US20080092178A1 - Streaming video - Google Patents

Streaming video Download PDF

Info

Publication number
US20080092178A1
US20080092178A1 US11545599 US54559906A US2008092178A1 US 20080092178 A1 US20080092178 A1 US 20080092178A1 US 11545599 US11545599 US 11545599 US 54559906 A US54559906 A US 54559906A US 2008092178 A1 US2008092178 A1 US 2008092178A1
Authority
US
Grant status
Application
Patent type
Prior art keywords
system
video
request
receiving device
streaming
Prior art date
Legal status (The legal status is an assumption and is not a legal conclusion. Google has not performed a legal analysis and makes no representation as to the accuracy of the status listed.)
Abandoned
Application number
US11545599
Inventor
Justin Michael McNamara
Jeffrey Clinton Mikan
Current Assignee (The listed assignees may be inaccurate. Google has not performed a legal analysis and makes no representation or warranty as to the accuracy of the list.)
AT&T Mobility II LLC
Original Assignee
AT&T Mobility II LLC
Priority date (The priority date is an assumption and is not a legal conclusion. Google has not performed a legal analysis and makes no representation as to the accuracy of the date listed.)
Filing date
Publication date

Links

Images

Classifications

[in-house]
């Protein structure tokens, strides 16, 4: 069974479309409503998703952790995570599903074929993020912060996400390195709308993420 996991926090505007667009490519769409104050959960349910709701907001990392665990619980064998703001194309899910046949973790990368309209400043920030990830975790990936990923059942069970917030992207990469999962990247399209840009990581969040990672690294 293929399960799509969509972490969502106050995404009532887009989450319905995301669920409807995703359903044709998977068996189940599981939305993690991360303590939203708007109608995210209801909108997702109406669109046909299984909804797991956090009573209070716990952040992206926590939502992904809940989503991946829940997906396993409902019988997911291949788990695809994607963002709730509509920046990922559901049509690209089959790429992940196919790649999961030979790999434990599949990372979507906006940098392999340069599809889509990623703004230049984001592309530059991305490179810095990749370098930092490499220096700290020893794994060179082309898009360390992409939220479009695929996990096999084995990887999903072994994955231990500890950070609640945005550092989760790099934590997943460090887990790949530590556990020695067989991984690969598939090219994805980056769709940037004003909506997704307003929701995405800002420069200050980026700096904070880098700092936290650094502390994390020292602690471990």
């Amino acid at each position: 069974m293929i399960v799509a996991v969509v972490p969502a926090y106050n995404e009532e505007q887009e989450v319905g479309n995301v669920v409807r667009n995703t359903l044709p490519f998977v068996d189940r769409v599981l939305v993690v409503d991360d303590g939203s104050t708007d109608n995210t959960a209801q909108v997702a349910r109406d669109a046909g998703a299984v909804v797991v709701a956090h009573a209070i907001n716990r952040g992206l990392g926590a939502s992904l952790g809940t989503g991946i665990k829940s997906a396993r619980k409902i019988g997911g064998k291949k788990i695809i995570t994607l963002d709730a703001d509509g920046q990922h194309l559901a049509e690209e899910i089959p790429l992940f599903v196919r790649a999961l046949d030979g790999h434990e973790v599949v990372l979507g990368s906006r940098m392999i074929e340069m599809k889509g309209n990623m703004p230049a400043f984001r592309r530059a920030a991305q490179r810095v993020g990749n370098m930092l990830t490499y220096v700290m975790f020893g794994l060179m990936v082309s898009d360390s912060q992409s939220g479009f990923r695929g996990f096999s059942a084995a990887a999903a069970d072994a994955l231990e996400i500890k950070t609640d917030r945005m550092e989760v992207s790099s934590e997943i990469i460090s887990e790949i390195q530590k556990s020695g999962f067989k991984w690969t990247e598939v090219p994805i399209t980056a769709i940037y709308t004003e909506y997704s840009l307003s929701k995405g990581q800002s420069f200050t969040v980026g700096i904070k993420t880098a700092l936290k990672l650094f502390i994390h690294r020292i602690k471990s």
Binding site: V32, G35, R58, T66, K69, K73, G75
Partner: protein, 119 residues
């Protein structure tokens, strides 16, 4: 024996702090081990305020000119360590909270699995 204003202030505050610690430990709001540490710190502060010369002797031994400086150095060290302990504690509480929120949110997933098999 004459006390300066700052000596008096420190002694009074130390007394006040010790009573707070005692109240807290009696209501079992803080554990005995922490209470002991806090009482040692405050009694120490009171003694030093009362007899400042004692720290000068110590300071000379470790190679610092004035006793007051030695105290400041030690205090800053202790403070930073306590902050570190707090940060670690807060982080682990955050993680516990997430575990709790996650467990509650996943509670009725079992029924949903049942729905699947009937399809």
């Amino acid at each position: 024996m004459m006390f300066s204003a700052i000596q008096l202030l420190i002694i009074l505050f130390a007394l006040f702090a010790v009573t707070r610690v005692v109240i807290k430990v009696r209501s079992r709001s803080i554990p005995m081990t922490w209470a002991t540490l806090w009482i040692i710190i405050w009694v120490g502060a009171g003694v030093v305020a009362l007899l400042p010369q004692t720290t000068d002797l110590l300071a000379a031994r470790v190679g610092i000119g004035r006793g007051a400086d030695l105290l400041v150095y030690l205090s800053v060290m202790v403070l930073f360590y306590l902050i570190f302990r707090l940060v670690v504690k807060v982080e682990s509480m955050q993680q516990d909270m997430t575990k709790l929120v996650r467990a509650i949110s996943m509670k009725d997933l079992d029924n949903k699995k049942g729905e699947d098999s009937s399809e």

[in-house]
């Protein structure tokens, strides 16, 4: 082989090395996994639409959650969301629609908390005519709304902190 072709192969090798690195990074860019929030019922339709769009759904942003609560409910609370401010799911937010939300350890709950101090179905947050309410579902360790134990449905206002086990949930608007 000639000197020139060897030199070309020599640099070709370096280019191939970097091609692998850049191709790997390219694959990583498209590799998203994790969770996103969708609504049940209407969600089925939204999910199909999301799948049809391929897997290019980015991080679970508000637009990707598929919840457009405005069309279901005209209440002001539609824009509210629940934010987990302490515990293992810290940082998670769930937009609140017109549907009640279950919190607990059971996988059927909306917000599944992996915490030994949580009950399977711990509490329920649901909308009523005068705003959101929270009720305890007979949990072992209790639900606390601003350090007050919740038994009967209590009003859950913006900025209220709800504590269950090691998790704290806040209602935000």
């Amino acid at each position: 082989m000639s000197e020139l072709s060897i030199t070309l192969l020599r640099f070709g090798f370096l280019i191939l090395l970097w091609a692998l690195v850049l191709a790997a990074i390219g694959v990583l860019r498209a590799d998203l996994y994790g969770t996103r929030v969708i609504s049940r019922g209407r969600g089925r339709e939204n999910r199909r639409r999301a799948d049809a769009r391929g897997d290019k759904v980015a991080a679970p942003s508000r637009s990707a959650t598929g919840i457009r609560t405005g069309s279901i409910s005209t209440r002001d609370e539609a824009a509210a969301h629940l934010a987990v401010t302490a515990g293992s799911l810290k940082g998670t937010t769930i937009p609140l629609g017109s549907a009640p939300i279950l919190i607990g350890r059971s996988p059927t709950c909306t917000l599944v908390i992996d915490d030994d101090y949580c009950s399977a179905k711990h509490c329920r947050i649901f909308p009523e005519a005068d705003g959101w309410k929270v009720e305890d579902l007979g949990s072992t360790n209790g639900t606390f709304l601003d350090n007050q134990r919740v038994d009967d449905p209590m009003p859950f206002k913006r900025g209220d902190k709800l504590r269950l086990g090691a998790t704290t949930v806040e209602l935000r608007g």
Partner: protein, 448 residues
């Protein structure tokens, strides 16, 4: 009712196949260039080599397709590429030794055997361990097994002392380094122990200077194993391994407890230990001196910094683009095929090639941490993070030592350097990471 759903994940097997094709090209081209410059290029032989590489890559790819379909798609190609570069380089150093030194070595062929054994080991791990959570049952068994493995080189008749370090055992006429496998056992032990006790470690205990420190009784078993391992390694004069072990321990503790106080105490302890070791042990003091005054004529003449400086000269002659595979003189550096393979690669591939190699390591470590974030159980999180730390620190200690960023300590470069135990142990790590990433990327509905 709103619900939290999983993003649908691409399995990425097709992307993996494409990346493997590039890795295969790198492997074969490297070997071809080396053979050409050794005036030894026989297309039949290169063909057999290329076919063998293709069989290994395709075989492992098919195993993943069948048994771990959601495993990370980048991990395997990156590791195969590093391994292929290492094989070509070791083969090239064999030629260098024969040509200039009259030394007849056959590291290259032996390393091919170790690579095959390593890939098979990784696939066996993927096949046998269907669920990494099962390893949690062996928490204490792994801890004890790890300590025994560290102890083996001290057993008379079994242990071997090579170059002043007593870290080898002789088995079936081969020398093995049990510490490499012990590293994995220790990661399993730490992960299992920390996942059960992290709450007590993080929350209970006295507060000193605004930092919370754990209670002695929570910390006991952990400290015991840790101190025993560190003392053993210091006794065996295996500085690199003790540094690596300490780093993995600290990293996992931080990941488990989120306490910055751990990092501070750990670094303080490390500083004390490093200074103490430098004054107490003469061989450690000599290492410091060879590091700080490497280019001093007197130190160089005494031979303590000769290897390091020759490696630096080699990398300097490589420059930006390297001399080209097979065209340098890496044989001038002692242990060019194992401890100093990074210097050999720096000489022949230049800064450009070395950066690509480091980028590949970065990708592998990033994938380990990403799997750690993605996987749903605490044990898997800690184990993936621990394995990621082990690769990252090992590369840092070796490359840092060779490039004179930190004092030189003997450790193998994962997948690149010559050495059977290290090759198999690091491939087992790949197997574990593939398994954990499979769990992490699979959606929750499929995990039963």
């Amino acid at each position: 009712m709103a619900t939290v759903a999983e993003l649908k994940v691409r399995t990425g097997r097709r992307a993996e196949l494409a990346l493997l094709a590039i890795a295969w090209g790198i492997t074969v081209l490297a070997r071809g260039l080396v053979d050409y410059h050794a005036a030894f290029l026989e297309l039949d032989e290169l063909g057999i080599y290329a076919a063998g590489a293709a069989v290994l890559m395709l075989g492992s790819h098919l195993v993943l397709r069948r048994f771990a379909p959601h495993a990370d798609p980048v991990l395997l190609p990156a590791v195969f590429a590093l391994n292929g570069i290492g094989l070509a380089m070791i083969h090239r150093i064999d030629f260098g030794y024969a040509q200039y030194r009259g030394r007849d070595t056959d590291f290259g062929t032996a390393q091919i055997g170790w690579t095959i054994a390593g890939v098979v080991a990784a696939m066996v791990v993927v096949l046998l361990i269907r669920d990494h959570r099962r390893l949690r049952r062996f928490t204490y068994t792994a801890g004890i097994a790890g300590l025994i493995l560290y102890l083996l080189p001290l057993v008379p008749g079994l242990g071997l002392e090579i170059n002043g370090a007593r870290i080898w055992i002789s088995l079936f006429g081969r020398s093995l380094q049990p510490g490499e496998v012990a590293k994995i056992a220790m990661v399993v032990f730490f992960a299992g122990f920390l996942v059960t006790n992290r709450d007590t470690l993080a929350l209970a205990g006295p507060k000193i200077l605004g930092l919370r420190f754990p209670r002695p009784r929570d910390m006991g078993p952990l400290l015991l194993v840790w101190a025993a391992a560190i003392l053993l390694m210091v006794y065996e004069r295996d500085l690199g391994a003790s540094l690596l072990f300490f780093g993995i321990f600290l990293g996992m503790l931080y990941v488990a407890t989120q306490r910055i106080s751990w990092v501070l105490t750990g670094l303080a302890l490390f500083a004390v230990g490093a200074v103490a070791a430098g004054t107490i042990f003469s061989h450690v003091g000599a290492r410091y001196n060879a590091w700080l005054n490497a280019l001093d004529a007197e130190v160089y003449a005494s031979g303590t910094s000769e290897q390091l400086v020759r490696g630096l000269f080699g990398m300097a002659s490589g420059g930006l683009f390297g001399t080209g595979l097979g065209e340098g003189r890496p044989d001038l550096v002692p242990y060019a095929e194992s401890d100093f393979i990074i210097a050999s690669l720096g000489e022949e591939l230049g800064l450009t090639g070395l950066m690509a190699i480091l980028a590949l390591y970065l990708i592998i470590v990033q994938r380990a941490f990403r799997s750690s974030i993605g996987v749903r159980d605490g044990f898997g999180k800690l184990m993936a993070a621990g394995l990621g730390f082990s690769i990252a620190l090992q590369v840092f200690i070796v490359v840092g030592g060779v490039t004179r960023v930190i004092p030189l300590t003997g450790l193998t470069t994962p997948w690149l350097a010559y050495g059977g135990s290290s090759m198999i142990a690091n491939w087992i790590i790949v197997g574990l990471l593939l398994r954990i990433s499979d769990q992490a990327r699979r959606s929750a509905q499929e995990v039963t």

• HELECTRICITY
    • H04ELECTRIC COMMUNICATION TECHNIQUE
    • H04LTRANSMISSION OF DIGITAL INFORMATION, e.g. TELEGRAPHIC COMMUNICATION
    • H04L67/00Network-specific arrangements or communication protocols supporting networked applications
    • H04L67/26Push based network services
    • HELECTRICITY
    • H04ELECTRIC COMMUNICATION TECHNIQUE
    • H04LTRANSMISSION OF DIGITAL INFORMATION, e.g. TELEGRAPHIC COMMUNICATION
    • H04L67/00Network-specific arrangements or communication protocols supporting networked applications
    • H04L67/04Network-specific arrangements or communication protocols supporting networked applications adapted for terminals or networks with limited resources or for terminal portability, e.g. wireless application protocol [WAP]
    • HELECTRICITY
    • H04ELECTRIC COMMUNICATION TECHNIQUE
    • H04NPICTORIAL COMMUNICATION, e.g. TELEVISION
    • H04N21/00Selective content distribution, e.g. interactive television, VOD [Video On Demand]
    • H04N21/40Client devices specifically adapted for the reception of or interaction with content, e.g. set-top-box [STB]; Operations thereof
    • H04N21/41Structure of client; Structure of client peripherals
    • H04N21/414Specialised client platforms, e.g. receiver in car or embedded in a mobile appliance
    • H04N21/41407Specialised client platforms, e.g. receiver in car or embedded in a mobile appliance embedded in a portable device, e.g. video client on a mobile phone, PDA, laptop